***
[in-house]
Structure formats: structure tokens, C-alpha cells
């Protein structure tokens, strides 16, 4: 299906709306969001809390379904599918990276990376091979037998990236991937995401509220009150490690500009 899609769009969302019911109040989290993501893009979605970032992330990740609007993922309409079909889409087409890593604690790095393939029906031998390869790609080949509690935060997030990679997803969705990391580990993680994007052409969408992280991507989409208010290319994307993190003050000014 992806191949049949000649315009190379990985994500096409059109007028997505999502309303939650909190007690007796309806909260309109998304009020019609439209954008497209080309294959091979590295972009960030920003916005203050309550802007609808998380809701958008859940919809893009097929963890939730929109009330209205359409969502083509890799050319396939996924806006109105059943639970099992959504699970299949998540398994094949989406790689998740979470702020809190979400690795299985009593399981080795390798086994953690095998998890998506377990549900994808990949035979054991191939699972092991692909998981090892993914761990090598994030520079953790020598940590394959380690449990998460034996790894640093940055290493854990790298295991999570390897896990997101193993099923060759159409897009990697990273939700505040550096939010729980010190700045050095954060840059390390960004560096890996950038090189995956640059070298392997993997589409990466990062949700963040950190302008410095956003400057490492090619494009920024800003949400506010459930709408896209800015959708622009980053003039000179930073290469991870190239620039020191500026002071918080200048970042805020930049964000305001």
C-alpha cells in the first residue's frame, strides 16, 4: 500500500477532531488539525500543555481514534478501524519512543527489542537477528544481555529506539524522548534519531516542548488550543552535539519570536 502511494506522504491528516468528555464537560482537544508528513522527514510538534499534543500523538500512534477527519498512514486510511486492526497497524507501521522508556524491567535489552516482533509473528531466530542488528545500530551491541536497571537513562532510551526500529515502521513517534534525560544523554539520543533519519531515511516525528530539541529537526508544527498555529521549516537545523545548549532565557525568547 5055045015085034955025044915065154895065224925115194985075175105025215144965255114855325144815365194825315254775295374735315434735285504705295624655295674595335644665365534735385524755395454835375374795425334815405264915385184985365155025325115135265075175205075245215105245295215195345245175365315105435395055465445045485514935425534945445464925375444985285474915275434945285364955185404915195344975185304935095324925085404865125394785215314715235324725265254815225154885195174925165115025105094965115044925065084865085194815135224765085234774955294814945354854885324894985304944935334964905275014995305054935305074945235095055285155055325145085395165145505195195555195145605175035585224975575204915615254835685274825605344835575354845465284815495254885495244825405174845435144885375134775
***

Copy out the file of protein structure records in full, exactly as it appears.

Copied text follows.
[in-house]
Structure formats: structure tokens, C-alpha cells
């Protein structure tokens, strides 16, 4: 299906709306969001809390379904599918990276990376091979037998990236991937995401509220009150490690500009 899609769009969302019911109040989290993501893009979605970032992330990740609007993922309409079909889409087409890593604690790095393939029906031998390869790609080949509690935060997030990679997803969705990391580990993680994007052409969408992280991507989409208010290319994307993190003050000014 992806191949049949000649315009190379990985994500096409059109007028997505999502309303939650909190007690007796309806909260309109998304009020019609439209954008497209080309294959091979590295972009960030920003916005203050309550802007609808998380809701958008859940919809893009097929963890939730929109009330209205359409969502083509890799050319396939996924806006109105059943639970099992959504699970299949998540398994094949989406790689998740979470702020809190979400690795299985009593399981080795390798086994953690095998998890998506377990549900994808990949035979054991191939699972092991692909998981090892993914761990090598994030520079953790020598940590394959380690449990998460034996790894640093940055290493854990790298295991999570390897896990997101193993099923060759159409897009990697990273939700505040550096939010729980010190700045050095954060840059390390960004560096890996950038090189995956640059070298392997993997589409990466990062949700963040950190302008410095956003400057490492090619494009920024800003949400506010459930709408896209800015959708622009980053003039000179930073290469991870190239620039020191500026002071918080200048970042805020930049964000305001």
C-alpha cells in the first residue's frame, strides 16, 4: 500500500477532531488539525500543555481514534478501524519512543527489542537477528544481555529506539524522548534519531516542548488550543552535539519570536 502511494506522504491528516468528555464537560482537544508528513522527514510538534499534543500523538500512534477527519498512514486510511486492526497497524507501521522508556524491567535489552516482533509473528531466530542488528545500530551491541536497571537513562532510551526500529515502521513517534534525560544523554539520543533519519531515511516525528530539541529537526508544527498555529521549516537545523545548549532565557525568547 5055045015085034955025044915065154895065224925115194985075175105025215144965255114855325144815365194825315254775295374735315434735285504705295624655295674595335644665365534735385524755395454835375374795425334815405264915385184985365155025325115135265075175205075245215105245295215195345245175365315105435395055465445045485514935425534945445464925375444985285474915275434945285364955185404915195344975185304935095324925085404865125394785215314715235324725265254815225154885195174925165115025105094965115044925065084865085194815135224765085234774955294814945354854885324894985304944935334964905275014995305054935305074945235095055285155055325145085395165145505195195555195145605175035585224975575204915615254835685274825605344835575354845465284815495254885495244825405174845435144885375134775